Medication information

Medication websites and information

1.  Rethink have an easy to read list of drug and other therapies.

2.  Mind has the same but there is a great deal of detail on medication. The date it was last revised is on the bottom of these pages.

3. used to be the electronic Medicines Compendium  (eMC) site. It contains up to date, easily accessible information about medicines licensed for use in the UK and contains two types of documents:

•    Patient Information Leaflets (PILs) which are a basic patient guide to essential information and are given out each time a medication is dispensed.

•    Summaries of Product Characteristics (SPCs) contain detailed information about the drug including the name, its composition, its pharmaceutical form (e.g. tablet, liquid), clinical information such as doses and frequency of side-effects, pharmacological properties (how it works on the body), pharmaceutical particulars (e.g. if it contains lactose or other fillers) and the date of revision for the SPC so you know how up to date it is.

SPCs are aimed at health professionals but if you find it hard to understand, most pharmacists will be willing to talk it through with you.
If you want help from your local pharmacist on drug information or the terminology used in SPCs, it may be helpful to ring first to ask when is the quietest time of day to call in and if there is a consulting room for privacy. It may be wise to take a print-out of the SPC as not all pharmacists have immediate access to

4. For visually impaired people this site is of more use:

5. The european medicines agency (EMEA) also has on its website all the PILs in other languages needed for European wide approval.

6. For people with learning disabilities either of the following sites may be more suitable: and

7. The Royal College of Psychiatrists hosts a comprehensive website which covers medication and other treatments. The date it was last revised is by the logo at the bottom of the page.

8. This site is supported by the United Kingdom Psychiatric Pharmacists Group, now part of the College of Mental Health Pharmacy. It is independent and covers questions that psychiatric pharmacists are frequently asked, as well as a comprehensive list of medications, their uses and side-effects.

9. The British National Formulary provides UK healthcare professionals with authoritative and practical information on the selection and clinical use of medicines. Unlike the sites above it covers all medicines used in the UK not just psychiatric medicines. You have to register to access the site but it’s a simple process and you don’t have to be a healthcare professional. However you may need help from your pharmacist if you are unfamiliar with the terminology. Unlike the summaries of product characteristics mentioned above, although the side-effects are listed in order of most common to most rare, no indication of how common or how rare is given. It is important to bear in mind that with all medication has a risk/benefit decision made by the prescriber which means that it won’t be prescribed unless a benefit is expected. It’s worth being aware of side-effects as sometimes practical steps can be taken to avoid them but some of the side-effects listed at the end are extremely rare but have to be mentioned even if they have only ever occurred once.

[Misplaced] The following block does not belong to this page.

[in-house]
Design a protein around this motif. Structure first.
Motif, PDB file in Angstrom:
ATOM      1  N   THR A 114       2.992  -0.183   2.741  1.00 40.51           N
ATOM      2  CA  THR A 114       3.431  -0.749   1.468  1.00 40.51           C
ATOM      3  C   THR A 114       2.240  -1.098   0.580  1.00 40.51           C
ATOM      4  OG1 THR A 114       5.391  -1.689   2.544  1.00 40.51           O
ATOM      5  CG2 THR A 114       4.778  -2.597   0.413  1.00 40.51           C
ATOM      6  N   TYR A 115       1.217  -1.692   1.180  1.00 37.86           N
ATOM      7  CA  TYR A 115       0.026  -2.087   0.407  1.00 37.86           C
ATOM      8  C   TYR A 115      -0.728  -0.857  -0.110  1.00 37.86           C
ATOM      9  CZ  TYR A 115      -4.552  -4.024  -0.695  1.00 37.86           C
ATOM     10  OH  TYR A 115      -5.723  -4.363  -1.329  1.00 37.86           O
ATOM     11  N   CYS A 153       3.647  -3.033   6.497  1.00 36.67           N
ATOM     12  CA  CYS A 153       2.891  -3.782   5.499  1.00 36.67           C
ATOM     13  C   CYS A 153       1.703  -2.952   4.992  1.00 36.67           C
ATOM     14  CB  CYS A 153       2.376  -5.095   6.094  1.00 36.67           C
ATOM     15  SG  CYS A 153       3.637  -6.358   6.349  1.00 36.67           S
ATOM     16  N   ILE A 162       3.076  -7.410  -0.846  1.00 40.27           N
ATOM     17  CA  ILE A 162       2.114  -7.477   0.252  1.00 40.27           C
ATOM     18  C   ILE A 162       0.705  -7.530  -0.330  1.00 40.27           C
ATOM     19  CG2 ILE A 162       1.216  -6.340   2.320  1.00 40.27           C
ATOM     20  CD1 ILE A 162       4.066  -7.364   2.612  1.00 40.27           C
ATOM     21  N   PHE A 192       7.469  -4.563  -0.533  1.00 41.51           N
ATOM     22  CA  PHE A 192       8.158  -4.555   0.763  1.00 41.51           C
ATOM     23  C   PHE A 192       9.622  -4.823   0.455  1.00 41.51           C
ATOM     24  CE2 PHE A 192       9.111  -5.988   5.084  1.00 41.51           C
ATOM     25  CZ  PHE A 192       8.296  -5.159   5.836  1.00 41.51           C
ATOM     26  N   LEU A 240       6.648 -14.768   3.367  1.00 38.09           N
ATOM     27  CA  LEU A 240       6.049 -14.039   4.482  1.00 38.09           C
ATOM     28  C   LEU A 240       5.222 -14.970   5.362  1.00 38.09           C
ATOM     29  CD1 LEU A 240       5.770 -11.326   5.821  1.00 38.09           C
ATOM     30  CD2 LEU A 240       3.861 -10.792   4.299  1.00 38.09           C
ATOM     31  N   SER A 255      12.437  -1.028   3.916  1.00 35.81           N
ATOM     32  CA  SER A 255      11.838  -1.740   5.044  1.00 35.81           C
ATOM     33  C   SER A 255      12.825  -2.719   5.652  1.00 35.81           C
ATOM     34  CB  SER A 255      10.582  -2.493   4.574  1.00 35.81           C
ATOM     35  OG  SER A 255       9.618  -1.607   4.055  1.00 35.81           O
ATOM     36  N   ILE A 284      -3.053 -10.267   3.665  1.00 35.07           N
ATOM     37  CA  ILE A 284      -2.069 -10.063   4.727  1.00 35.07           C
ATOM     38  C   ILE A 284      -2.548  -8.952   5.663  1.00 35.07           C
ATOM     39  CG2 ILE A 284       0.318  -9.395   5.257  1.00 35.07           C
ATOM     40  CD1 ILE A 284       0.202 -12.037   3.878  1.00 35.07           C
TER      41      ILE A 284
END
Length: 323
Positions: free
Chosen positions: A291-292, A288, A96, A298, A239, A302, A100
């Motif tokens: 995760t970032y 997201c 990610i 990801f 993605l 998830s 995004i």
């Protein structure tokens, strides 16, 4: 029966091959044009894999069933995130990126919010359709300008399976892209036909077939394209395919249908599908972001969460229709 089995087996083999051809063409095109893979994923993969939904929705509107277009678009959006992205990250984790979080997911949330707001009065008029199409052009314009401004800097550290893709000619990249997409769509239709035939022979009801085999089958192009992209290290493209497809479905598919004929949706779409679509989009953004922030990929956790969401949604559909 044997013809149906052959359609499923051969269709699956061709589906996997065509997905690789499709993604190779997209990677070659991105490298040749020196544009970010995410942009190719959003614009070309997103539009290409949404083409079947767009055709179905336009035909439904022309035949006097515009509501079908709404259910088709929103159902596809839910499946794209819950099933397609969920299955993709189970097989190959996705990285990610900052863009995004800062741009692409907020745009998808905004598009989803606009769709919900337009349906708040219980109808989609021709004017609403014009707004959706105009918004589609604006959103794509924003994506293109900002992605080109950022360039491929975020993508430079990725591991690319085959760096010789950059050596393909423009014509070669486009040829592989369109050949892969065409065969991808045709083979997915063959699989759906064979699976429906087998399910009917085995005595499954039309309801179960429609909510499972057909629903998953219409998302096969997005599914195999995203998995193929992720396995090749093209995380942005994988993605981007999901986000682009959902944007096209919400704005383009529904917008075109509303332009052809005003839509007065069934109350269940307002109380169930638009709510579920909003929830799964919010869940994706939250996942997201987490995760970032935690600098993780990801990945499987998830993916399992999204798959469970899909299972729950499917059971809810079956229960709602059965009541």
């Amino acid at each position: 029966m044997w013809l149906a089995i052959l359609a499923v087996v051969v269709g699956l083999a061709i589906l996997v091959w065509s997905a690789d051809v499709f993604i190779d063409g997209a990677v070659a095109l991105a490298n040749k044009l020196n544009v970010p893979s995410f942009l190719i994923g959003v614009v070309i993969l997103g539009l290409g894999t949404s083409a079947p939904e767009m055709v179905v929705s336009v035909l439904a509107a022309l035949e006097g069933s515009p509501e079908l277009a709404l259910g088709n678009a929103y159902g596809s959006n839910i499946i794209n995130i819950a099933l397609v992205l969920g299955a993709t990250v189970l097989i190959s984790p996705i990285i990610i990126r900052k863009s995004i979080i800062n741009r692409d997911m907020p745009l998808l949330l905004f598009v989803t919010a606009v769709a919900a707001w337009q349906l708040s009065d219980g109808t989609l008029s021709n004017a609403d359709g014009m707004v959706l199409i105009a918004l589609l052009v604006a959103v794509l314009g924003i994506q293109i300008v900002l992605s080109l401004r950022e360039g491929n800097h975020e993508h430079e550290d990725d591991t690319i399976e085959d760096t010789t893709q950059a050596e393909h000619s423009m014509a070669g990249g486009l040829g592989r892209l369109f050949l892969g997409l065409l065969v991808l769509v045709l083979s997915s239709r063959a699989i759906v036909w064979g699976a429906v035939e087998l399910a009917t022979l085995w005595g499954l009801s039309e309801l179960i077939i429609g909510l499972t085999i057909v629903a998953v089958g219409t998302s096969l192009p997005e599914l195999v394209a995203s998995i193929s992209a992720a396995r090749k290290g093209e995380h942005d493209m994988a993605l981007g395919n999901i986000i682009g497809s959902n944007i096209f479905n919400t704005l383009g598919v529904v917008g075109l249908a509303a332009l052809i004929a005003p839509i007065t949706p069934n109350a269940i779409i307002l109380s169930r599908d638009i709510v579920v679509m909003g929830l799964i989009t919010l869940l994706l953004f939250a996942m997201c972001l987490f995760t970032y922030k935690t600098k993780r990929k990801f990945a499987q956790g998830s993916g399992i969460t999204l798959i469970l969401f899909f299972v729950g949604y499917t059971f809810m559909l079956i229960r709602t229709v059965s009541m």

Most public libraries have a paperback copy of the BNF.

Your Feedback

1. The Prescribing Observatory for Mental Health aims to help specialist mental health services improve their practice. On this site you can see if your local Trust is a member and look at ways to feedback your experiences. Mind and Rethink are partners in the organisation.

2. The MHRA (Medicines Health Regulation Agency) set up a reporting system, originally using yellow cards, for healthcare professionals to feedback any suspected side-effects of drugs. This system is now open to members of the public and can be done online, although it may help to talk to your Doctor or Pharmacist first.

Taking Medicines

NICE guidance on Medicines Adherence and involving patients in decisions about prescribed medication.
Full guidance

Quick reference guide

Medicines management: Everybody’s Business - this document which comes from the New Ways of Working site is a leaflet to empower service users and carers to ask relevant questions and to help health professionals in a person-centred approach.

Clinical evidence sites

•    PatientPlus – hundreds of medical reference articles provided by Patient UK
•    Evidence based medicine – such as from Clinical Evidence, The Cochrane Library, etc.
•    Database of UK Clinical Guidelines – from NICE, SIGN, Clinical Knowledge Summaries, etc.
•    Medline – abstracts available from thousands of journals.
•  National Institute of Mental Health - transforming the understanding and treatment of mental illness through research